When out hunting with a metal detector, you could come across more junk than treasure. You may detect and dig up rusty nails and bottle caps in the hope of finding coins or other valuables. To resolve this issue, most detectors are equipped with a discriminator. Setting the discrimination level allows you to distinguish between good and bad tones when hunting for specific metallic objects. One of the most effective ways to use your discriminator is with a technique known as positive discrimination.
Learn the specific tones your metal detector makes when it passes over specific metal objects. Place a few different objects of different metal properties, such as a gold ring, a silver ring, a coin, a nail and a bottle cap, in a row. Pass the coil over each object and note the tone that is emitted from the detector for each one.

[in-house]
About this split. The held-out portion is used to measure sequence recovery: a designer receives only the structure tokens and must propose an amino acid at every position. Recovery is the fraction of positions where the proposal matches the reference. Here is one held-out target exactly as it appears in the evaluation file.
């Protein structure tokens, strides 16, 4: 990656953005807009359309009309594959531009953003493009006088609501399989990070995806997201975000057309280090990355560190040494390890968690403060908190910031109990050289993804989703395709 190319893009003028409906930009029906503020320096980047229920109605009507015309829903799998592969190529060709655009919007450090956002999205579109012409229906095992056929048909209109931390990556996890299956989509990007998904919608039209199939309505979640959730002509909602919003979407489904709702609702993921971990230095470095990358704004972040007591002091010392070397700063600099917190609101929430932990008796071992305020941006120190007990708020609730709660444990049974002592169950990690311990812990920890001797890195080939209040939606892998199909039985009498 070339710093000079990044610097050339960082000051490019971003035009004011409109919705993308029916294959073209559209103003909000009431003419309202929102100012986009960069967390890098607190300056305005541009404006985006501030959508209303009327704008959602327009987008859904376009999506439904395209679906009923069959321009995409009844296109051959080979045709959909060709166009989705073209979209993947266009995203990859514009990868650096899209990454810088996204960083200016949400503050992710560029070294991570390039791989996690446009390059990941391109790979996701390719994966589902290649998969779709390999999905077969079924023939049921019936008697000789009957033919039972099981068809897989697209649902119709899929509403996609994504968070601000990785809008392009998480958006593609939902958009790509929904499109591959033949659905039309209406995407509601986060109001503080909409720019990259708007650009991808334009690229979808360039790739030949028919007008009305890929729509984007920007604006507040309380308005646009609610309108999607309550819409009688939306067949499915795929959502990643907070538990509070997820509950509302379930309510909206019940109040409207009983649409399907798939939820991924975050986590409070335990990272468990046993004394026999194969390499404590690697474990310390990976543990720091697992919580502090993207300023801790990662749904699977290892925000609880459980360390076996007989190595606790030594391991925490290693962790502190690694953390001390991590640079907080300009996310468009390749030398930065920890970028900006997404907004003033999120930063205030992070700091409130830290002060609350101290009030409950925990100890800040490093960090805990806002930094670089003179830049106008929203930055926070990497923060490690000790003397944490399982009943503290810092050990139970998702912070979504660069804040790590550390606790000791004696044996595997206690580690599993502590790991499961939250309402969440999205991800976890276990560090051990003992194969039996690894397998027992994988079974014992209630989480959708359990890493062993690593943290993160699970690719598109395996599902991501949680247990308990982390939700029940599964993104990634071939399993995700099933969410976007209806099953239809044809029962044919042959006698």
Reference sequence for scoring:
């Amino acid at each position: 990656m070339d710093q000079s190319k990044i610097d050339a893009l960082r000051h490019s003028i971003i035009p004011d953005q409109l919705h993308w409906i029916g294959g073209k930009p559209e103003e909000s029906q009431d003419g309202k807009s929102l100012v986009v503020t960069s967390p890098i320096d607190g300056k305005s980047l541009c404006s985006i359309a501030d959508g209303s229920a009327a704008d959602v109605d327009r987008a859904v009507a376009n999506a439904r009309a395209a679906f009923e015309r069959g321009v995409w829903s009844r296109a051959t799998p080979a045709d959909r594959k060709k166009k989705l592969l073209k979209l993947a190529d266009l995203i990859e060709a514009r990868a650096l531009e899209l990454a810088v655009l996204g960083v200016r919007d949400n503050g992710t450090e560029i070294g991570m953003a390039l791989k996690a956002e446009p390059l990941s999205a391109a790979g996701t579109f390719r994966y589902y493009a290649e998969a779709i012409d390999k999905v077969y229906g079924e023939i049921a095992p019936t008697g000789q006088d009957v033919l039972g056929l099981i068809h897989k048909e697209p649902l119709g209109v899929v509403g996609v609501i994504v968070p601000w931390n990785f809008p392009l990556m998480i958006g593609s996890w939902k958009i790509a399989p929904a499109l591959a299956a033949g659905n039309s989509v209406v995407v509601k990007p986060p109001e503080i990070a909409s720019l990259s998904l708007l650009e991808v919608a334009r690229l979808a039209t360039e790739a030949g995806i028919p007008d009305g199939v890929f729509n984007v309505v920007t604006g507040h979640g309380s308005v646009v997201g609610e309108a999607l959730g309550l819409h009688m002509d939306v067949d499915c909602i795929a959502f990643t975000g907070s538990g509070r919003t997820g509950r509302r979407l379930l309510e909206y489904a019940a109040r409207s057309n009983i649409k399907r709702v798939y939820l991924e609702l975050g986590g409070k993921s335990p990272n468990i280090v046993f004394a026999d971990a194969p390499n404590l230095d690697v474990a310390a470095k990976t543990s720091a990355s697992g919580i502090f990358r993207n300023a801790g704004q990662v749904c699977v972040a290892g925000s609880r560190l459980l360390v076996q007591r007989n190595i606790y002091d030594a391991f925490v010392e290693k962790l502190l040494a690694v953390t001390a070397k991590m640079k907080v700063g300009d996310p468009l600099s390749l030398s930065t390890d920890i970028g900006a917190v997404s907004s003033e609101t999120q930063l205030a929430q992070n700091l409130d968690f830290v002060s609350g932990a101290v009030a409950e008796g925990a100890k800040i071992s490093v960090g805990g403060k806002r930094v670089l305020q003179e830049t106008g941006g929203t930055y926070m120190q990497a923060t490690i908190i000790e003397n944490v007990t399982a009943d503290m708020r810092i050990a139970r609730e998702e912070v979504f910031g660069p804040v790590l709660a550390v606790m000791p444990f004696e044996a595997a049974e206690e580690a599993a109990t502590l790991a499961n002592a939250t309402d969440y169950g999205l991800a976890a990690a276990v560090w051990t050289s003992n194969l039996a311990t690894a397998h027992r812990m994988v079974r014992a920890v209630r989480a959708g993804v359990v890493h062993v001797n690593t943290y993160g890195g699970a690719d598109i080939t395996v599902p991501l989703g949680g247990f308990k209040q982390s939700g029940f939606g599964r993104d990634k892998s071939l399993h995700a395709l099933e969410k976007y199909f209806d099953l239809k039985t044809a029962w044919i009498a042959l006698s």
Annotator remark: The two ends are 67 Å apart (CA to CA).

Set the detector to the VLF or all-metal mode.
Walk with the coil parallel to the soil, about 6 inches away. Listen for the tone.
Center the coil on the source when a tone is heard. Place the detector coil directly onto the ground at the source.
Switch the detector to the TR mode. Lift the detector coil away from the ground. If the tone decreases in strength or stays at the same pitch then you have a quality target source. A bad target source will not produce sound when the coil is lifted from the source.
Learn the specific settings of your detector. Many detectors have audible tones while others have display screens that you can read.
Only use a metal detector where you are allowed to do so. Never use a detector on private property unless you have permission from the landowner.
Tips and warnings
- Learn the specific settings of your detector. Many detectors have audible tones while others have display screens that you can read.
- Only use a metal detector where you are allowed to do so.
- Never use a detector on private property unless you have permission from the landowner.